For the first several months after my attack, I led a spectral existence, not quite sure whether I had died and the world went on without me, or whether I was alive but in a totally alien world. Tom and I returned to the States, and I continued to convalesce, but I felt as though I'd somehow outlived myself. I sat in our apartment and stared outside for hours, through the blur of a detached vitreous, feeling like Robert Lowell's newly widowed mother, described in one of his poems as mooning in a window "as if she had stayed on a train / one stop past her destination."
My sense of unreality was fed by the massive denial of those around me--a reaction I learned is an almost universal response to rape. Where the facts would appear to be incontrovertible, denial takes the shape of attempts to explain the assault in ways that leave the observers' worldview unscathed. Even those who are able to acknowledge the existence of violence try to protect themselves from the realization that the world in which it occurs is their world and so they find it hard to identify with the victim. They cannot allow themselves to imagine the victim's shattered life, or else their illusions about their own safety and control over their own lives might begin to crumble. The most well-meaning individuals, caught up in the myth of their own immunity, can inadvertently add to the victim's suffering by suggesting that the attack was avoidable or somehow her fault. One victims' assistance coordinator, whom I had phoned for legal advice, stressed that she herself had never been a victim and said that I would benefit from the experience by learning not to be so trusting of people and to take basic safety precautions like not going out alone late at night. She didn't pause long enough during her lecture for me to point out that I was attacked suddenly, from behind, in broad daylight.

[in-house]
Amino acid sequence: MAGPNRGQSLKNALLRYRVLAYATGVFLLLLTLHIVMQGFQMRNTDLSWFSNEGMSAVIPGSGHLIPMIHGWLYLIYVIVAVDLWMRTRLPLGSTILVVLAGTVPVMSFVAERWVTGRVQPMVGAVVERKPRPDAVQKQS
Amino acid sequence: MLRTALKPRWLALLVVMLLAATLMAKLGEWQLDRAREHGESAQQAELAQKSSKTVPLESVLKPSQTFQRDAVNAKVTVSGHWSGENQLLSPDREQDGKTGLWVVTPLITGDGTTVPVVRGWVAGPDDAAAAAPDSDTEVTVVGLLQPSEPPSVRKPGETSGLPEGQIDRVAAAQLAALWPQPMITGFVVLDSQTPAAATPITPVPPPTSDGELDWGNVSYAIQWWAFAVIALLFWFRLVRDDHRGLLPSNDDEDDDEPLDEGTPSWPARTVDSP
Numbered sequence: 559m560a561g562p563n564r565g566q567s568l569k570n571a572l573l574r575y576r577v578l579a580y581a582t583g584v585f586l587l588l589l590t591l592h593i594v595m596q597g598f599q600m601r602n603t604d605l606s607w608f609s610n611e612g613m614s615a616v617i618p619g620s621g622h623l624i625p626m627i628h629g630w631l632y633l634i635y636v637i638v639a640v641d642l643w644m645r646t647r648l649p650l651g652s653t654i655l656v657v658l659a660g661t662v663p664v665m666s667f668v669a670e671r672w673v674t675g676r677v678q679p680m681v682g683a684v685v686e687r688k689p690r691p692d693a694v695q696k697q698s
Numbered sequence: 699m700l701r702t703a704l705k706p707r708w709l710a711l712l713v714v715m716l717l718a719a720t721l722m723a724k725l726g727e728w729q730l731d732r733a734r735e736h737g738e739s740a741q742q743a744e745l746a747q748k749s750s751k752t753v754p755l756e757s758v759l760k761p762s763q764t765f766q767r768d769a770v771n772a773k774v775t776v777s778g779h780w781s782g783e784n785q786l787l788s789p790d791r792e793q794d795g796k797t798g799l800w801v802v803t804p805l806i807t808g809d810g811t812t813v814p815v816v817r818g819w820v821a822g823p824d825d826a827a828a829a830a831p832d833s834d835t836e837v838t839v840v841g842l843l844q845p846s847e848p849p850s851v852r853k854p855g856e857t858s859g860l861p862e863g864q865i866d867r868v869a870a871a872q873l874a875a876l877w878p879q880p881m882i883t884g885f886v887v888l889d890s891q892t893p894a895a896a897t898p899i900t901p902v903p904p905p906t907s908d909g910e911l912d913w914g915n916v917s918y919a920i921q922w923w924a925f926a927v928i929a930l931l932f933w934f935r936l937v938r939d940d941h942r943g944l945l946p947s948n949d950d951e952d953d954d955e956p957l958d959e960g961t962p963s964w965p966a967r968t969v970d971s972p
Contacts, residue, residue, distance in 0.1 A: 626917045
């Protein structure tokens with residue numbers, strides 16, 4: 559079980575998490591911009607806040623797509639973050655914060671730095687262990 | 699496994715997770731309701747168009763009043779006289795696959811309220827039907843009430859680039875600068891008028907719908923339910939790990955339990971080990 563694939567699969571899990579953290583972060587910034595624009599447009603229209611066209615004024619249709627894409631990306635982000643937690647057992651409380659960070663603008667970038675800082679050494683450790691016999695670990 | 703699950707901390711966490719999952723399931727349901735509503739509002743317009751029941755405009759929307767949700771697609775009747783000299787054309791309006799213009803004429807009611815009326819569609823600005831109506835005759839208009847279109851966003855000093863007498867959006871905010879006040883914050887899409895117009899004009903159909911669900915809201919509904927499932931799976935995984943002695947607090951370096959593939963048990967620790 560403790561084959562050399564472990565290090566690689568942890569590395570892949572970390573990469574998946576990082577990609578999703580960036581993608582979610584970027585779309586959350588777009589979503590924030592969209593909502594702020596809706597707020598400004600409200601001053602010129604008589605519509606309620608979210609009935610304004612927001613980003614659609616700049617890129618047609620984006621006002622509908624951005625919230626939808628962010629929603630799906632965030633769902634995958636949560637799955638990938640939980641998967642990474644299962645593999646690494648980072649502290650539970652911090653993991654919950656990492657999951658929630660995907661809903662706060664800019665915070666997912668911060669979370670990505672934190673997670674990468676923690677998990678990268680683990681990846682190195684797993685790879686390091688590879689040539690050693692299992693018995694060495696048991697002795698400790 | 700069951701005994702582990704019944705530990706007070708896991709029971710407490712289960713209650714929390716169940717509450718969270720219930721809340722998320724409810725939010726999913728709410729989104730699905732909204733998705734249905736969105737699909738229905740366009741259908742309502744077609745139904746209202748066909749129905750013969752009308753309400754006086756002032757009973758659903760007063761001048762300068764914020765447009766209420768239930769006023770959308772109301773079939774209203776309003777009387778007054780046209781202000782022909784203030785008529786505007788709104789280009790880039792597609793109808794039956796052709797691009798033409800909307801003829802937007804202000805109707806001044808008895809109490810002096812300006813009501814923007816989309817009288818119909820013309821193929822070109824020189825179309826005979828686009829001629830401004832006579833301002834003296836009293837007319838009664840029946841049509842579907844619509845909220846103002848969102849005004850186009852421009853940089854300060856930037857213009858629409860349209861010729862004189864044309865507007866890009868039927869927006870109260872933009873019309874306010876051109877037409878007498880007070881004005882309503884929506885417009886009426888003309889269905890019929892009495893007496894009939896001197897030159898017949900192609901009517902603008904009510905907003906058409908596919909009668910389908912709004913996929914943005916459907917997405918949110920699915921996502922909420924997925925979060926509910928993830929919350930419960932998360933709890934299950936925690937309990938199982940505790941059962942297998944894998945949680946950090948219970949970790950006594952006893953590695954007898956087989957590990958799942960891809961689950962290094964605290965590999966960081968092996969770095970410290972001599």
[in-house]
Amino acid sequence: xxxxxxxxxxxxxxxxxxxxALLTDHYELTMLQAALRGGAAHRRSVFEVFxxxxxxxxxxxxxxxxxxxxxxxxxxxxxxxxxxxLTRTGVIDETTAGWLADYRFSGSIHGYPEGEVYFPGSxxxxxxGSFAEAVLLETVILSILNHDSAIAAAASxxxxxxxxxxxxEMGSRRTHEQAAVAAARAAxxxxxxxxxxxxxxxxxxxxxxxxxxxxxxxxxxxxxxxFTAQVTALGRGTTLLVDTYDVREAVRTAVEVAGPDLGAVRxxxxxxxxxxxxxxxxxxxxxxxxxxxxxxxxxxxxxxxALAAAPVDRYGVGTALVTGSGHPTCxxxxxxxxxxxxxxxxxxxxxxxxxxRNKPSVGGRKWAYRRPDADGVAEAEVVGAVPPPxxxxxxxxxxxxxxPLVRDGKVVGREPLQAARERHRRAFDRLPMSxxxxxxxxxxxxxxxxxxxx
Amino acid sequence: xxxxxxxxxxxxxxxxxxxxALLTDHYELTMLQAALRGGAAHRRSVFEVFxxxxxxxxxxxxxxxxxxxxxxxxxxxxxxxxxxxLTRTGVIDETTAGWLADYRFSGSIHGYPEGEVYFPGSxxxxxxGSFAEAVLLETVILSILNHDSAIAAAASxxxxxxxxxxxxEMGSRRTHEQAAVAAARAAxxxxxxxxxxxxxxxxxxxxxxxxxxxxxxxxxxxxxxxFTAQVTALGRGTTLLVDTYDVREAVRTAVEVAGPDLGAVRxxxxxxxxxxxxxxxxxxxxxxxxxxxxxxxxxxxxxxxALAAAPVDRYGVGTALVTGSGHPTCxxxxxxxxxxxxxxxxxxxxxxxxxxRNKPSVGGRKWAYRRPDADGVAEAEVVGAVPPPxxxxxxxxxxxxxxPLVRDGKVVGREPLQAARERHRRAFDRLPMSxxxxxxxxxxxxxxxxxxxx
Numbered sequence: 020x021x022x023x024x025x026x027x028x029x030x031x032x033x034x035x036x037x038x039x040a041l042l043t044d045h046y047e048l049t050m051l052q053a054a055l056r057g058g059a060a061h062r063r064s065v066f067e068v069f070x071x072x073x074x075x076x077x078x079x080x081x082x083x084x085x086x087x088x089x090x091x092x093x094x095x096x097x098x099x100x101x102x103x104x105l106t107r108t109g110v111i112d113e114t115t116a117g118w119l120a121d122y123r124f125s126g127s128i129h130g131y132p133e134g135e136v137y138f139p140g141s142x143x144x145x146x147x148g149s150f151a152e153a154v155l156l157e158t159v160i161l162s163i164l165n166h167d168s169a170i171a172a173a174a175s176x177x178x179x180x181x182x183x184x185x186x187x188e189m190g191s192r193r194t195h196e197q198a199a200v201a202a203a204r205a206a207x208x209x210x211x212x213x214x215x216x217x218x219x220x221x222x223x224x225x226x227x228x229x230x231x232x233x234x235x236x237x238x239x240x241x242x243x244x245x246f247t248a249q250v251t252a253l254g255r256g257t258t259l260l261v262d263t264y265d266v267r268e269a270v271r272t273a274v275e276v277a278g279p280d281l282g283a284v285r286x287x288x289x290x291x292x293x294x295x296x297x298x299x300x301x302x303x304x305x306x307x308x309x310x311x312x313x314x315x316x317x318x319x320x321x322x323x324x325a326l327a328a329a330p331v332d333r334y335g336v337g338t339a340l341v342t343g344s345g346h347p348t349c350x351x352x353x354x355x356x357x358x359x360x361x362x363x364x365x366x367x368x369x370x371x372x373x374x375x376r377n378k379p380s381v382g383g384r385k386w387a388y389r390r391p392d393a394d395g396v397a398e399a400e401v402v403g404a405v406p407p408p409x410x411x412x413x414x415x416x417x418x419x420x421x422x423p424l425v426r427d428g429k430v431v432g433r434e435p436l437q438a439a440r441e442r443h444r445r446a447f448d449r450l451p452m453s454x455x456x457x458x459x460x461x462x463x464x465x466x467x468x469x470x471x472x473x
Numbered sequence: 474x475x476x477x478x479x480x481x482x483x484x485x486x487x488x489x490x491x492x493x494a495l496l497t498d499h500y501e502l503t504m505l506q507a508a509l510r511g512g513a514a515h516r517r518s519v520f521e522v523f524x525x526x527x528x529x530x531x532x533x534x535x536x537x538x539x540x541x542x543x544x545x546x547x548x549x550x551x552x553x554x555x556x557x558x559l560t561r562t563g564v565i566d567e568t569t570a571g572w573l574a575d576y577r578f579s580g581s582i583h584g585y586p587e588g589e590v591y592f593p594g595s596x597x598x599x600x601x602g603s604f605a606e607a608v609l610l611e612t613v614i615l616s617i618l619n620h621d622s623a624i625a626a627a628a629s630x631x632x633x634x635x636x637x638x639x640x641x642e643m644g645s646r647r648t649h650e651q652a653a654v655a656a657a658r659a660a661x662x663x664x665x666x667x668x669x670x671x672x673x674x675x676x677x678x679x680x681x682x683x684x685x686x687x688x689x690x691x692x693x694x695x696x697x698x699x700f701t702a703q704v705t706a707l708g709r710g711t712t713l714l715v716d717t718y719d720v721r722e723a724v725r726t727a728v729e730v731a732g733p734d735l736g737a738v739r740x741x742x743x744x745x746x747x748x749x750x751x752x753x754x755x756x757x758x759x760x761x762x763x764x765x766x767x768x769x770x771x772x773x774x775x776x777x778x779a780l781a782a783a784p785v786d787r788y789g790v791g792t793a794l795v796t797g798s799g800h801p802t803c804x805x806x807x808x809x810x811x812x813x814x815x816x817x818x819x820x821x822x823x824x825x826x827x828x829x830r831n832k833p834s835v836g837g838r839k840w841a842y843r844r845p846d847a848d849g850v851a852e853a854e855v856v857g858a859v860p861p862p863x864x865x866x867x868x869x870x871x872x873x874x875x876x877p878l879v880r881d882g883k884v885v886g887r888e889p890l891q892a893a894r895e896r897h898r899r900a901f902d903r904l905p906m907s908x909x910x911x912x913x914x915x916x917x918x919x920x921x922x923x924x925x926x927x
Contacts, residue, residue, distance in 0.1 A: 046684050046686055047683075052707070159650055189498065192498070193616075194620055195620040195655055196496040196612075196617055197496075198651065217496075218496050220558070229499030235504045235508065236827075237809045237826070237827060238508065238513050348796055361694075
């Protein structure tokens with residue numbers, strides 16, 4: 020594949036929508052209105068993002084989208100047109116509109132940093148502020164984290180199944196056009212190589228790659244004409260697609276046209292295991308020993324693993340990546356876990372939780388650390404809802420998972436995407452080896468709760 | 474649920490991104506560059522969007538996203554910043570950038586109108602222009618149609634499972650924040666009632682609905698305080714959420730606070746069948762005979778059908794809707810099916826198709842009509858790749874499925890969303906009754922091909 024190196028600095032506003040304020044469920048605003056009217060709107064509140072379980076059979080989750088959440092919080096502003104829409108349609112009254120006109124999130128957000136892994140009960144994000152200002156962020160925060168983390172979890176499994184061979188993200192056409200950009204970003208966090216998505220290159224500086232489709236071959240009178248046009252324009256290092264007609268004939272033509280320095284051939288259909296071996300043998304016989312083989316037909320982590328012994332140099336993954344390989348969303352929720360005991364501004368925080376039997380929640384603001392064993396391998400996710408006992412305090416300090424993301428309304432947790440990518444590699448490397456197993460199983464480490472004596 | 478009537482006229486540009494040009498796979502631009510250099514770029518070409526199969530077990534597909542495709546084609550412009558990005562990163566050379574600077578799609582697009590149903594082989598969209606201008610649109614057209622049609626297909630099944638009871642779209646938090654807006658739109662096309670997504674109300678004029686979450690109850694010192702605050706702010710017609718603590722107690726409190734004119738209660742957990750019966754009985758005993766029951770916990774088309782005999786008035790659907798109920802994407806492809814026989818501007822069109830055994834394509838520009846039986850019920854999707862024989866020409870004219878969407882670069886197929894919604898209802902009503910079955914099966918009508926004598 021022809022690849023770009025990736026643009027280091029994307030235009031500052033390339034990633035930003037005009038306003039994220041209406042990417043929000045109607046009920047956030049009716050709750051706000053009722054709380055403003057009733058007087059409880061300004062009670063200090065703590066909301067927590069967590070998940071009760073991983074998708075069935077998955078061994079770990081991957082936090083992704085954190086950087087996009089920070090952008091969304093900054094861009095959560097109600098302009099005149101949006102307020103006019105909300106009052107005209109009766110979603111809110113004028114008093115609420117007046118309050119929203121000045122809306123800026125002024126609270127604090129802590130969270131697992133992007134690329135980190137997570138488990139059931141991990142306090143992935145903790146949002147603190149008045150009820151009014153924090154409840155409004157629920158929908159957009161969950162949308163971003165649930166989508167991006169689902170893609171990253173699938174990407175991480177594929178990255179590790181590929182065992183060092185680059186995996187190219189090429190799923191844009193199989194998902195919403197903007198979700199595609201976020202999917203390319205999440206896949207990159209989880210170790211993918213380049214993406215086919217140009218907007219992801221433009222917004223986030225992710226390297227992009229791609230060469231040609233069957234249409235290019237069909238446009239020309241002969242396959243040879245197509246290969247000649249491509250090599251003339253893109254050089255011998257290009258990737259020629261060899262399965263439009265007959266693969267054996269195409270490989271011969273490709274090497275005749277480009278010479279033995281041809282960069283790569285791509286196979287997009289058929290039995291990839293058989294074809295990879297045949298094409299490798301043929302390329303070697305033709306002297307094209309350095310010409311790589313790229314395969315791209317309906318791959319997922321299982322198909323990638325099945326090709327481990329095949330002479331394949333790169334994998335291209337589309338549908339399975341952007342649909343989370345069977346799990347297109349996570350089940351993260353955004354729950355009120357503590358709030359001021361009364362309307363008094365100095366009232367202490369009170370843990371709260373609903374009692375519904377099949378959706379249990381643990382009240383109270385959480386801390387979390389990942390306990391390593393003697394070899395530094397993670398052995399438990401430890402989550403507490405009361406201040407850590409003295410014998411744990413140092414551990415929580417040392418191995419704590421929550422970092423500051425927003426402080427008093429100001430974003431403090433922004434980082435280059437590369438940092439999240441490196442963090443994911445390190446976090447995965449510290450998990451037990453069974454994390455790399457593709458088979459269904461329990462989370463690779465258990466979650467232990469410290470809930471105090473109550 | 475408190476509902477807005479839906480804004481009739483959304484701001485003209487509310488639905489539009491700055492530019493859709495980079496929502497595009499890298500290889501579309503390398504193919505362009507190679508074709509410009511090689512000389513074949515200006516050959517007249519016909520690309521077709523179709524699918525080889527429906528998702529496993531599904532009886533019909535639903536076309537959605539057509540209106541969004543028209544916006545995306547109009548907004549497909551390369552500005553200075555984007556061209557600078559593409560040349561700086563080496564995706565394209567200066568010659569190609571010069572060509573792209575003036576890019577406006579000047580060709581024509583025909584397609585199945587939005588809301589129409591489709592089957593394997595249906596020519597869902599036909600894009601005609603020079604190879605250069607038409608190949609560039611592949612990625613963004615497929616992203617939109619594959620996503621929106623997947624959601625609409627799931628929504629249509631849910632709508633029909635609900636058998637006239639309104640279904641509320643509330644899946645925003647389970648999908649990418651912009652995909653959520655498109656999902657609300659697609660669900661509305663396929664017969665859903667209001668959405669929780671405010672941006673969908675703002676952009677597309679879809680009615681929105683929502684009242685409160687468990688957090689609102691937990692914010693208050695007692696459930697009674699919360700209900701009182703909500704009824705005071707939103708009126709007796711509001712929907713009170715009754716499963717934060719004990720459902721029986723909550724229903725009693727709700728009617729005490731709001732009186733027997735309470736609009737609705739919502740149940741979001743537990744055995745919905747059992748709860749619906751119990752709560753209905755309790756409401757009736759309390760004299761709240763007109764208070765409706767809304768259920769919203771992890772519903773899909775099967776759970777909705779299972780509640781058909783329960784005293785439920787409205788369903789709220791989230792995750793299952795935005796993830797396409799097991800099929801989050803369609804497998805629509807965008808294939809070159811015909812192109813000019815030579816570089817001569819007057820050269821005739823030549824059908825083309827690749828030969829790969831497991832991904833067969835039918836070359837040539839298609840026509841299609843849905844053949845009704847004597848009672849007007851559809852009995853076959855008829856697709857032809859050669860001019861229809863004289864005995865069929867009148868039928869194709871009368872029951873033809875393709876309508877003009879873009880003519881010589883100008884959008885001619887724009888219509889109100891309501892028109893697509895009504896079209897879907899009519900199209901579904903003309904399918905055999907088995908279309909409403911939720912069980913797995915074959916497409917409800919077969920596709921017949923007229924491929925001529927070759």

We are not taught to empathize with victims. In crime novels and detective films, it is the villain, or the one who solves the murder mystery, who attracts our attention; the victim, a merely passive pretext for our entertainment, is conveniently disposed of--and forgotten--early on. We identify with the agents' strength and skill, for good or evil, and join the victim, if at all, only in our nightmares. Although one might say, as did Clarence Thomas, looking at convicted criminals on their way to jail, "but for the grace of God, there go I," a victim's fate prompts an almost instinctive "it could never happen to me." This may explain why there is, in our criminal justice system, so little concern for justice for victims--especially rape victims. They have no constitutionally protected rights qua victims. They have no right to a speedy trial or to compensation for damages (although states have been changing this in recent years), or to privacy vis-a-vis the press. As a result of their victimization, they often lose their jobs, their homes, their spouses--in addition to a great deal of money, time, sleep, self-esteem, and peace of mind. The rights to "life, liberty, and the pursuit of happiness," possessed, in the abstract, by all of us, are of little use to victims who can lose years of their lives, the freedom to move about in the world without debilitating fear, and any hope of returning to the pleasures of life as they once knew it.